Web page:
As Boston stands behind its decision to hand out drug paraphernalia to addicts, business owners like Gerry DiPierro have suffered the consequences, with critics arguing that the policy only exacerbates drug addiction.
The owner of DiPierro Construction joined “Fox & Friends First” on Friday to discuss how the move has hurt his business, located on the nicknamed “methadone mile,” an area with rampant drug use and homelessness.
DiPierro said giving free pipes to users of meth and crack has resulted in vandalism and property damage at his business.
“The last few weeks, between my trucks, the front of my building, I’ve had my glass broken three or four times. … All of us are suffering,” he told Todd Piro, adding a nearby pizza restaurant and other businesses were targeted.
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“Why are we giving them pipes and ketamine? It’s like giving them a needle. I can give you 100 needles they pick up all the time here. What’s it doing? It just makes this the central zone to come to get everything,” he said.
The city’s stated goal is “harm reduction” and trying to transition intravenous drug users away from needles.
Boston’s Democratic Mayor Michelle Wu, with support from Massachusetts Democratic Gov.-elect Maura Healey, have defended the move in order to “stop communicable diseases” from needle sharing.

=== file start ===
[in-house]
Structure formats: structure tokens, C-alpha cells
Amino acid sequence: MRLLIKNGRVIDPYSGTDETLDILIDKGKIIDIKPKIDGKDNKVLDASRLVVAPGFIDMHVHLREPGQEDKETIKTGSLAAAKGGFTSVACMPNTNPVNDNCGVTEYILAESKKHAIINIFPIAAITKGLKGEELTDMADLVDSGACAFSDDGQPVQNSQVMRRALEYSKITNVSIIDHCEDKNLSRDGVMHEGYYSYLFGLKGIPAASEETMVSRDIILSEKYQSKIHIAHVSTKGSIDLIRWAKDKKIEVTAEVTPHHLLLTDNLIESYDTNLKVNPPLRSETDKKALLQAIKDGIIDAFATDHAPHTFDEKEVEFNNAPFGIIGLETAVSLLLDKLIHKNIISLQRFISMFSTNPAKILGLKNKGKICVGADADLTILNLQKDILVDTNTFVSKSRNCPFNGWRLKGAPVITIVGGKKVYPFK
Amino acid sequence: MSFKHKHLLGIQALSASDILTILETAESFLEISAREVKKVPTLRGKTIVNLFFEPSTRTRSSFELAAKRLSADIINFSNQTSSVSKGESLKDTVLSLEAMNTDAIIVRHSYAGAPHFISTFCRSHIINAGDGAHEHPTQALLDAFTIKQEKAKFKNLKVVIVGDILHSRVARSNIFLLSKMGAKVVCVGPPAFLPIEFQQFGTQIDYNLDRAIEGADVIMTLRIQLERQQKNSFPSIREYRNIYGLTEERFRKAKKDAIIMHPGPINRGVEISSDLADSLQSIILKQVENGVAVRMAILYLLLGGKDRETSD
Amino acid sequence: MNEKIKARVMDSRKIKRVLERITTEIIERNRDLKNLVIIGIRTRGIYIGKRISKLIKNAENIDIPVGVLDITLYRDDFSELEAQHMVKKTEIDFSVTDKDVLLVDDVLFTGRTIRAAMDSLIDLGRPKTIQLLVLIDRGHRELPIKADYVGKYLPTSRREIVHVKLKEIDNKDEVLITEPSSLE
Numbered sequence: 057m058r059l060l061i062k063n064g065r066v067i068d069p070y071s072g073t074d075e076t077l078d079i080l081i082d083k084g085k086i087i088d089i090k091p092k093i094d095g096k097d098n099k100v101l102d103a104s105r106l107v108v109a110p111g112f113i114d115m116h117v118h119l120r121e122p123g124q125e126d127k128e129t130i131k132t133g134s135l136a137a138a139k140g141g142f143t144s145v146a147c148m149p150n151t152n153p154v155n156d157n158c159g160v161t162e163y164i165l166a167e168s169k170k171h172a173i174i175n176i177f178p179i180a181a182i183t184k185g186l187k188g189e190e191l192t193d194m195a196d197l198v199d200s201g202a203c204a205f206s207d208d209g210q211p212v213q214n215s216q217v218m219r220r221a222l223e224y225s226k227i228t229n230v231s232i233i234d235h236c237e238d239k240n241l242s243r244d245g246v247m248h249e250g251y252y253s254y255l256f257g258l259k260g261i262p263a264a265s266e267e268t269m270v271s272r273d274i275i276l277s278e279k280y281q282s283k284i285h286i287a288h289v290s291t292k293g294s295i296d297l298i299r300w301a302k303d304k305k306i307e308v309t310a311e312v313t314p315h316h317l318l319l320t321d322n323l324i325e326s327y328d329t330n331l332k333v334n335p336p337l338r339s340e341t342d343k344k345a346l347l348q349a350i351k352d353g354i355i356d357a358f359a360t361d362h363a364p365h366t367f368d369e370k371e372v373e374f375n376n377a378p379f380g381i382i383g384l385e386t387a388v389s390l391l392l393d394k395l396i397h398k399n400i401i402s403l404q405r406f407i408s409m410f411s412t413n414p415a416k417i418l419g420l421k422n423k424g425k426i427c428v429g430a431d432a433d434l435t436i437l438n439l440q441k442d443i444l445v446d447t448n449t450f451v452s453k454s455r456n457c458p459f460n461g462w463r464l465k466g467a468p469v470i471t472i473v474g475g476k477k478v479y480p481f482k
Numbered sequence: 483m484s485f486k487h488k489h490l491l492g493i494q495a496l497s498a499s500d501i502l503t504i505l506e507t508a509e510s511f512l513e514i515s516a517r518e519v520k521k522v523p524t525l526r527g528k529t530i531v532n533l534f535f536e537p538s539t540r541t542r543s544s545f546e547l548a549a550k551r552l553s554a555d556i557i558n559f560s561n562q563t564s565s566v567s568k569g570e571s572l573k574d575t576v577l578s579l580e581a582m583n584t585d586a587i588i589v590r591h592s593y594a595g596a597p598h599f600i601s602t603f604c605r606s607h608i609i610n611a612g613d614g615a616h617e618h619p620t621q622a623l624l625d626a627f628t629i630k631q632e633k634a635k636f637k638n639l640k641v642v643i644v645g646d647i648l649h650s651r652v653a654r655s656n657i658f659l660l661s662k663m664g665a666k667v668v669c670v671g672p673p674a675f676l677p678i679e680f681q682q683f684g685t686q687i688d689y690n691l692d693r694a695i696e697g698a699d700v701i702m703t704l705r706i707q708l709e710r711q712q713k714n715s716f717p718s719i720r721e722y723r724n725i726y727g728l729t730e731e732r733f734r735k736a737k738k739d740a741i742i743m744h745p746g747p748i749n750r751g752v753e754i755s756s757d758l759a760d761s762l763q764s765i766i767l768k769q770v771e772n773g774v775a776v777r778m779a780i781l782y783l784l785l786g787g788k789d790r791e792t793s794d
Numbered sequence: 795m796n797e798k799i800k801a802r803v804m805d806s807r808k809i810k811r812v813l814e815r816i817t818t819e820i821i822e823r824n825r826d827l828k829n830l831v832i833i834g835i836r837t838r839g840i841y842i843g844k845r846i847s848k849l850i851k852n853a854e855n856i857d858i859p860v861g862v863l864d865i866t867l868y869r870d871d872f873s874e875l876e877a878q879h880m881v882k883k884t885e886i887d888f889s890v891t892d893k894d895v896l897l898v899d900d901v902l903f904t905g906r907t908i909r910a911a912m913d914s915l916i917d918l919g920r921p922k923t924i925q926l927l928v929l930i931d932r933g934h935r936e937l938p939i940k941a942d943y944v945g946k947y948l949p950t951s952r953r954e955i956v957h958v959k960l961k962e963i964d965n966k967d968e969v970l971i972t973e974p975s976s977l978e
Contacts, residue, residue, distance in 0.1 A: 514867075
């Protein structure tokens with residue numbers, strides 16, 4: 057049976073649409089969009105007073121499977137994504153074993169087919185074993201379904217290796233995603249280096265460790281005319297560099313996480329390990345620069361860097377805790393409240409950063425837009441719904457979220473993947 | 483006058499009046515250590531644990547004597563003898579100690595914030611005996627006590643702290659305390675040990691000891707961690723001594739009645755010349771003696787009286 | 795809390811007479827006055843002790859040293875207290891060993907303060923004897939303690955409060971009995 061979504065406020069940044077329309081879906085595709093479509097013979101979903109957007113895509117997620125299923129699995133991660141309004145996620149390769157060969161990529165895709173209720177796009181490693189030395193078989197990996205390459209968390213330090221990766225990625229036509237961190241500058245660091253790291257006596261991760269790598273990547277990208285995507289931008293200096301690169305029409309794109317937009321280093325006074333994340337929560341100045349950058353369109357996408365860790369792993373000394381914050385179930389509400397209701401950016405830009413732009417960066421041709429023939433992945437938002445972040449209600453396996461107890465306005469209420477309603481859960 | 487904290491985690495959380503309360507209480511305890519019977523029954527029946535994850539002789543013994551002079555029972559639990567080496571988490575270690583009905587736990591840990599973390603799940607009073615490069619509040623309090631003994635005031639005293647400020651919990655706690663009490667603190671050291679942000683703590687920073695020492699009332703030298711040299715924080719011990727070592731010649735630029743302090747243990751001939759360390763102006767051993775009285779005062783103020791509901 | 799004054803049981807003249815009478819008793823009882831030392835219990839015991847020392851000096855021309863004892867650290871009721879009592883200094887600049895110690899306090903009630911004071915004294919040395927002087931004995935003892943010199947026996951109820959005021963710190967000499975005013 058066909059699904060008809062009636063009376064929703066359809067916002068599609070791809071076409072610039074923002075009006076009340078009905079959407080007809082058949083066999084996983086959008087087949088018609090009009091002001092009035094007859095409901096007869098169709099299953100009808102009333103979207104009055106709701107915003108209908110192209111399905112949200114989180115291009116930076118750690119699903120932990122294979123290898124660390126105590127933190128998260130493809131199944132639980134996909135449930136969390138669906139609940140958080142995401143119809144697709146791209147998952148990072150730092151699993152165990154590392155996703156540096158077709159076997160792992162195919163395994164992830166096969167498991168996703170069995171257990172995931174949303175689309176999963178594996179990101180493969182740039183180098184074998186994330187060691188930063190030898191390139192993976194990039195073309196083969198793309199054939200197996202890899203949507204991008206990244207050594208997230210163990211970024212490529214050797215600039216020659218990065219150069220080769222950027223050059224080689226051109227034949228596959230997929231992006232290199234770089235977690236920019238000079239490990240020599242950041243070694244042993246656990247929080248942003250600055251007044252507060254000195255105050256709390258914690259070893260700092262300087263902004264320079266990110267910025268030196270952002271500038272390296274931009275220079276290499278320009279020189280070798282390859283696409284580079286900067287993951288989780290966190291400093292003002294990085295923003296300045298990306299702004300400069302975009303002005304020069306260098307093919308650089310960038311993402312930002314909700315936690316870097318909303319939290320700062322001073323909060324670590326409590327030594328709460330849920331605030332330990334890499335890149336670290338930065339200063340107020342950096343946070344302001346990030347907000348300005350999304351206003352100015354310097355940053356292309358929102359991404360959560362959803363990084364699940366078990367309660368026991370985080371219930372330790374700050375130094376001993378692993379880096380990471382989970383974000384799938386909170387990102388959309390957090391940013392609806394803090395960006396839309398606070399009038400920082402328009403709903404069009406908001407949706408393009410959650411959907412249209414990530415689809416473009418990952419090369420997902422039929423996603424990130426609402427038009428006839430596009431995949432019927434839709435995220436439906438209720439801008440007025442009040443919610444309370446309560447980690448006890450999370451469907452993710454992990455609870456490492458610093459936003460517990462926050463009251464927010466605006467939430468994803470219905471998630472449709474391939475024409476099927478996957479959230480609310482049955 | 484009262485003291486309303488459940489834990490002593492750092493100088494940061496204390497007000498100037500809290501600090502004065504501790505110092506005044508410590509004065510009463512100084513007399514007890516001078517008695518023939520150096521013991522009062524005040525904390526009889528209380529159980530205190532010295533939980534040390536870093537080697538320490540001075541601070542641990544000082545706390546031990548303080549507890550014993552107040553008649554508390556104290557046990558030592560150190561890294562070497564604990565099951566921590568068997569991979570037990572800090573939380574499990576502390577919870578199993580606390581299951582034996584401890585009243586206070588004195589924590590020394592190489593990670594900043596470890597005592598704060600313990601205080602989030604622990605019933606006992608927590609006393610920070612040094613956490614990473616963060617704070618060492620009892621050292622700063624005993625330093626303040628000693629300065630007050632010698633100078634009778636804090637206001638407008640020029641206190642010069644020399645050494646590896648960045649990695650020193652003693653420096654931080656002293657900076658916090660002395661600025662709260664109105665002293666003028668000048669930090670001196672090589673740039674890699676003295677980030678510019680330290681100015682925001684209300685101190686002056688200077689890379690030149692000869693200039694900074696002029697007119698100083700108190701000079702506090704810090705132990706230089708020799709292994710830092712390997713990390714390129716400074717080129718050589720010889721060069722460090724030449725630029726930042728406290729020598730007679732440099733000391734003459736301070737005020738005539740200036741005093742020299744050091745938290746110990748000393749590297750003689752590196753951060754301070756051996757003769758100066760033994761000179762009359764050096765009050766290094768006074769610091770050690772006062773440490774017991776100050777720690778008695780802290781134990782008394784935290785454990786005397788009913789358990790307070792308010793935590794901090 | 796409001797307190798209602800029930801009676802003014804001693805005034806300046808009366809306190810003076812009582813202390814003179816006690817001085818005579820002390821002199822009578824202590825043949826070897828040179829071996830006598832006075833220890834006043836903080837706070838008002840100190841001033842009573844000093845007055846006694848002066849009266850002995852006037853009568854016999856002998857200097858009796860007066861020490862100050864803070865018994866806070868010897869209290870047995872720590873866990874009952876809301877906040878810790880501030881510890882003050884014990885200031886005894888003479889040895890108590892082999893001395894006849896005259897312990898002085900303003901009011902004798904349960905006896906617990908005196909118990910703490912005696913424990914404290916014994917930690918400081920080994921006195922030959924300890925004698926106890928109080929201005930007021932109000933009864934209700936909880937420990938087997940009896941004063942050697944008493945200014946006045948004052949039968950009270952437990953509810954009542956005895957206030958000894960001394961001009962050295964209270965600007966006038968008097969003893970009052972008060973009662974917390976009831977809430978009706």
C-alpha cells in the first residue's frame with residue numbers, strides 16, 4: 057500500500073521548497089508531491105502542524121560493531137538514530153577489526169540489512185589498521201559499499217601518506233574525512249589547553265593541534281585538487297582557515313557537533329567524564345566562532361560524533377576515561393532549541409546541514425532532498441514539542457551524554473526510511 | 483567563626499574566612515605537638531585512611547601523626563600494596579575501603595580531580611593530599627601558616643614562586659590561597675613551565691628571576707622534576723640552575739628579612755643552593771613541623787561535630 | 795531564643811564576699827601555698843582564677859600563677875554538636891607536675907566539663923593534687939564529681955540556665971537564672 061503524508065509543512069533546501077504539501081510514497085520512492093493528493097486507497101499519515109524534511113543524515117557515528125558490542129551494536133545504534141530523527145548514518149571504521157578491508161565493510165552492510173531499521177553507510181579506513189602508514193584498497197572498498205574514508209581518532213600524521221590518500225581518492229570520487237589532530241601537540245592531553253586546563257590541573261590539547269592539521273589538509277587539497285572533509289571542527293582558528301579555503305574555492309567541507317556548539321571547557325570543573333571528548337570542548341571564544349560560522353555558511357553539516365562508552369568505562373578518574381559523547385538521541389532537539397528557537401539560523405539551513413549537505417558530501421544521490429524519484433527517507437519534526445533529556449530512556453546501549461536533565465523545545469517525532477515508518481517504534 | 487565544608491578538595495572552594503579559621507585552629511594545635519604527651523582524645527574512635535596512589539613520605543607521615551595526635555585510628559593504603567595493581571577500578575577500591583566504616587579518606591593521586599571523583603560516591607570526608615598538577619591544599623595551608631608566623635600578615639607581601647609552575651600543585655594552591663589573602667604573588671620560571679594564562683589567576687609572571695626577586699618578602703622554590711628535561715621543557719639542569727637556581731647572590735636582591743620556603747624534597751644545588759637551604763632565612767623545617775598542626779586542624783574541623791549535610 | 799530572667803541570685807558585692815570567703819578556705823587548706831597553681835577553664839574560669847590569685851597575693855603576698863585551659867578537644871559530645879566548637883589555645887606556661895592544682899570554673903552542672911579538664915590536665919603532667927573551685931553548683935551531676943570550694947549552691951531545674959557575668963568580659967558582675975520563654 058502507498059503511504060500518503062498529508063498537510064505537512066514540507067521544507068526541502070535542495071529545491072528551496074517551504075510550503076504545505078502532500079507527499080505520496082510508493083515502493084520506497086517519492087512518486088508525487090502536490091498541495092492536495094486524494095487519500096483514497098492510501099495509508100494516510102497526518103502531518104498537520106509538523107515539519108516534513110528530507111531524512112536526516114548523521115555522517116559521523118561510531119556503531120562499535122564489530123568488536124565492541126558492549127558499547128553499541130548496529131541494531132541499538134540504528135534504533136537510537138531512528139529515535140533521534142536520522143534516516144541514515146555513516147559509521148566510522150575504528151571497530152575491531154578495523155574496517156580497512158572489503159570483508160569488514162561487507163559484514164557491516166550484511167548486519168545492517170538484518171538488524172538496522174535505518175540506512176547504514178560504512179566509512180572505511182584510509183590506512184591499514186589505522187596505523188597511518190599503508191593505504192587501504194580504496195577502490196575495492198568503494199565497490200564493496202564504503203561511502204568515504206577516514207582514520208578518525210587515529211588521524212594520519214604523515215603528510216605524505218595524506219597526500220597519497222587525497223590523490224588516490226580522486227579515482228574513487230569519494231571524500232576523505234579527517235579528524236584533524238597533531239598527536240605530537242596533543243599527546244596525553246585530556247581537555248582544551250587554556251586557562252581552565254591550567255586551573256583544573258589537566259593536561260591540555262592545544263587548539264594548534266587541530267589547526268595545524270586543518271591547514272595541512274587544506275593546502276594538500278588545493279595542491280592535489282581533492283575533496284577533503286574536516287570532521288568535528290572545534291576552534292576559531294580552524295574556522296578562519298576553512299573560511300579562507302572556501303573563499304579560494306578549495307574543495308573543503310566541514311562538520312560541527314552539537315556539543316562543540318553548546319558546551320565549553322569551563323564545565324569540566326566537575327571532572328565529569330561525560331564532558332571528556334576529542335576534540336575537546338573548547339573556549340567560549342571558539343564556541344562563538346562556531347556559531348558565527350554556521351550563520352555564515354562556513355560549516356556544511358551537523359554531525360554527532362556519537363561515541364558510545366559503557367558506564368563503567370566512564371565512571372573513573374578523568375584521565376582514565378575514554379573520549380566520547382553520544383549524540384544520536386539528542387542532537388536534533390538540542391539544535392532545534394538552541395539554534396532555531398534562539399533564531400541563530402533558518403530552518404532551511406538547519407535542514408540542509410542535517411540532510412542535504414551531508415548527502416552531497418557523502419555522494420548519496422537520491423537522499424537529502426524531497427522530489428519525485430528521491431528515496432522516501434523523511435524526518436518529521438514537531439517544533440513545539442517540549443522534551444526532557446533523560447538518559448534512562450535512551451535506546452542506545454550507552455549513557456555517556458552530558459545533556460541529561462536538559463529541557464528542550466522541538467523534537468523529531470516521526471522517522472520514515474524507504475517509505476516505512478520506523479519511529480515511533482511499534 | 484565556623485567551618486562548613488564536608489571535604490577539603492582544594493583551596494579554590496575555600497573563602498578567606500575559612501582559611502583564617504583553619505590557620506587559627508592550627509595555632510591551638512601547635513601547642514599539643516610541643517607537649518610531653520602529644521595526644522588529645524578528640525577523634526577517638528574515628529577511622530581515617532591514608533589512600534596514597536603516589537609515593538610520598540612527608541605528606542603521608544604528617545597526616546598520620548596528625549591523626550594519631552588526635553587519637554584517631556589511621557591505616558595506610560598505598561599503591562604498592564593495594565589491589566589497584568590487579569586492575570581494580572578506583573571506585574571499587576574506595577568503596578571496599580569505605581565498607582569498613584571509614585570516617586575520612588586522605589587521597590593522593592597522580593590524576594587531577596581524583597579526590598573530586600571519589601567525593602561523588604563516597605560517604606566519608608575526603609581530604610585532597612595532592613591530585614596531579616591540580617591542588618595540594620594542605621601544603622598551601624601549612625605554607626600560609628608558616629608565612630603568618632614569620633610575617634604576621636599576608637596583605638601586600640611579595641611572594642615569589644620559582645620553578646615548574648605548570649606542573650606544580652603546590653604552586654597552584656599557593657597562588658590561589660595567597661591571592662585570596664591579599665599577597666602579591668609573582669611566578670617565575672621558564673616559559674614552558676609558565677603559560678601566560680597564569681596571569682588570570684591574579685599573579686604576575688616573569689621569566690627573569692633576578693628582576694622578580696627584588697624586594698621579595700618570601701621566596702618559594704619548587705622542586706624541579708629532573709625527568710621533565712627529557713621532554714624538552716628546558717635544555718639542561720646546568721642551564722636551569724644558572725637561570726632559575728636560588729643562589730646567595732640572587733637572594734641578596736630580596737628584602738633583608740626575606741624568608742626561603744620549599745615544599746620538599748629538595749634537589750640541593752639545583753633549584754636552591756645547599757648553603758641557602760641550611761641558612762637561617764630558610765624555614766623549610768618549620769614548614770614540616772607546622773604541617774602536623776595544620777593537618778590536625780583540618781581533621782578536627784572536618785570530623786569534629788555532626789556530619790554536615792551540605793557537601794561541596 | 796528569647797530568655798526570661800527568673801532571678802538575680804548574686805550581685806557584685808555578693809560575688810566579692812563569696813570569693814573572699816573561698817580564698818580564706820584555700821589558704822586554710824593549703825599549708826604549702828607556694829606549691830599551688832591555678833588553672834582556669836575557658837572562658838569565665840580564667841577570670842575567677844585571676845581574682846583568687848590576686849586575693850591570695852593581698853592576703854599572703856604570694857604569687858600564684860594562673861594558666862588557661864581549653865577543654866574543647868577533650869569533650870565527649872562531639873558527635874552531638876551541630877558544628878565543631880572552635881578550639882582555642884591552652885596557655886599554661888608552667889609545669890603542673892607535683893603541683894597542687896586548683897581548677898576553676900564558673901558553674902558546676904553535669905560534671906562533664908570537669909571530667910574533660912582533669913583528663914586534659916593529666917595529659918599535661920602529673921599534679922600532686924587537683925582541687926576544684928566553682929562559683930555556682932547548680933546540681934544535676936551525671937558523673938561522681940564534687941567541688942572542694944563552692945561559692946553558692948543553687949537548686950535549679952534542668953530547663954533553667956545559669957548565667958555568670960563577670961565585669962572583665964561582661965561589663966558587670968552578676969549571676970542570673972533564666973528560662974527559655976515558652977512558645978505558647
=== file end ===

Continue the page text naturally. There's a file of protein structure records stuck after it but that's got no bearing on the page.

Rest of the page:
Democratic City Council Member Michael Flaherty spoke out against the move, saying, “The people over there, the people that are struggling, they need treatment and recovery, and they need mental health services. We should not be enabling those poor souls that are down there.”
DiPierro said he believes the city is “going down the wrong road” and business owners like him are “shaking their heads.”
“They’re not taking a step back and actually getting to the root of the problem. And I think this is just going to get worse,” he said.
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“I think that what’s happening is everybody is coming here from all over just to get crack pipes and their drugs. The drug deals are very rampant here right now,” he continued.
“The homeless are more dispersed, but the drugs and the drug dealers, the incidents are more rampant because they’re having to either break into the businesses or steal to get the money.”
Earlier this year, the White House denied that federal funding, directly or indirectly, pays for crack pipes in safe smoking kits.
Fox News’ Molly Line contributed to this report.
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